When it comes to providing health and wellness programs for their employees, many companies are asking ‘why’, when they should be asking ‘why not?’ Research shows that wellness programs increase employee productivity while reducing absenteeism and healthcare costs. But for employees, it’s not about the money.
For Jennifer Little, a program manager at EXOS, it’s simple – people want help with improving their health.
Here are five things successful health and wellness programs facilitated by EXOS are doing to support their employees and create a positive, more engaged workforce.
1. Mixing it up in meetings
Let’s face it, meetings can be boring. Jennifer’s team works to break up the monotony with meeting energizers: five-minute sessions of targeted activity such as yoga poses, banded bicep curls, or squats.
She’ll even create customized sessions, tailored to the industry or time of year. “For example, tax season is a stressful time for employees at financial services companies. During this time of year, our team works with department managers to bring stress-reduction tactics and breathing rhythms to their staff meetings,” Jennifer explains.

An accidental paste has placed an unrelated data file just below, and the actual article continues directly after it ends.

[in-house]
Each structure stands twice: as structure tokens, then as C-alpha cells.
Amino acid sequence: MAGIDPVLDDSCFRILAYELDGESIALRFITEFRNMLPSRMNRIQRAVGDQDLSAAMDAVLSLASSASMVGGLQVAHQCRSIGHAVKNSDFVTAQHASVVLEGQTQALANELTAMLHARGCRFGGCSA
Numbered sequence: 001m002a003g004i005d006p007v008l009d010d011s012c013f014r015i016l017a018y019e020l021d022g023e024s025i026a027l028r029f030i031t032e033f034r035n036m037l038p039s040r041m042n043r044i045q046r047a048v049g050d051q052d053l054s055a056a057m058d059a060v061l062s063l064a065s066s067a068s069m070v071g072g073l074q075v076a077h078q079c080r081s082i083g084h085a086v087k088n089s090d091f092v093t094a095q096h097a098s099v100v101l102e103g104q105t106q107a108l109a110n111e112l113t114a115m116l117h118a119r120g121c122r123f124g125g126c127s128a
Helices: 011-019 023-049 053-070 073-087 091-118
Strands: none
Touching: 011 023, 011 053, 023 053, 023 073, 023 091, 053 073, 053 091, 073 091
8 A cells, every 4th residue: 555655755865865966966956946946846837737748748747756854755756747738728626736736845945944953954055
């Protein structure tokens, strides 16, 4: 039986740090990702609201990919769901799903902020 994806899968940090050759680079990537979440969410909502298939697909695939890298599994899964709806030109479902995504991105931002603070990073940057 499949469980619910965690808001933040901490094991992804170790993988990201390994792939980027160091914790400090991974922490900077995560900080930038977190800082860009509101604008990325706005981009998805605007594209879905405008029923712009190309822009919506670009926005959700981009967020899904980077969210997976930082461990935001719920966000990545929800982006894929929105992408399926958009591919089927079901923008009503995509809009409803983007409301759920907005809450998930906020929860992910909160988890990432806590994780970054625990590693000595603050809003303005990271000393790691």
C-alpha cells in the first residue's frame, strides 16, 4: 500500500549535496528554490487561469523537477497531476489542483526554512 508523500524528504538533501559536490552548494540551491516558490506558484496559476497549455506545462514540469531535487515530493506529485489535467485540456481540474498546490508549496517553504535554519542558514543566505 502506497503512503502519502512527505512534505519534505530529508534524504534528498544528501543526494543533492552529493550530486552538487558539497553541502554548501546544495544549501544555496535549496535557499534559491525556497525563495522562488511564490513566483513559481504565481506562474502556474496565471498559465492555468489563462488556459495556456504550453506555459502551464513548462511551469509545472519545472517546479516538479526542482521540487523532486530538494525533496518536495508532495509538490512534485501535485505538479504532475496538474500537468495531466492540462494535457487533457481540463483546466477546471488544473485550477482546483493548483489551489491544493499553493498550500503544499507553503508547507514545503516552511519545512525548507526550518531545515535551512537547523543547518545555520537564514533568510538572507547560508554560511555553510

2. Bragging a little
Jennifer believes it’s a great way to help people celebrate achieving healthy milestones and connect with other employees who have common interests.
3. Thinking outside the box
Sometimes finding ways to engage employees is hard. That’s why Jennifer challenges her staff to think outside the box. Her favorite example: The staff organized a Halloween flash mob with more than 20 employees in costume. “The feeling of excitement was almost tangible,” she says. “The employees loved it, but more importantly, so did leadership.” Unique events like these allow employees to let loose and leaders to witness firsthand the impact of improved morale.
4. Making it easy to engage
In workplaces where productivity is king, convenience is an important factor. Simra Tines, another program manager at EXOS, brings blood pressure readings, stretch breaks, and table events with educational content into the workspace.
5. Leading by example
“Leadership sets the tone,” says Simra. “It’s the leaders’ job to enable wellness program managers to create a culture that values – and may even incentivize – healthy behaviors.”
When managers not only support, but become actively engaged in the programming it shows employees that while productivity is the primary focus, their employees’ health and happiness is a close second.
An effective wellness program will maximize engagement by finding new ways to appeal to the unique workforce at each site. It takes time, but with the right mix of leadership engagement and employee buy-in, many programs make a lasting impact.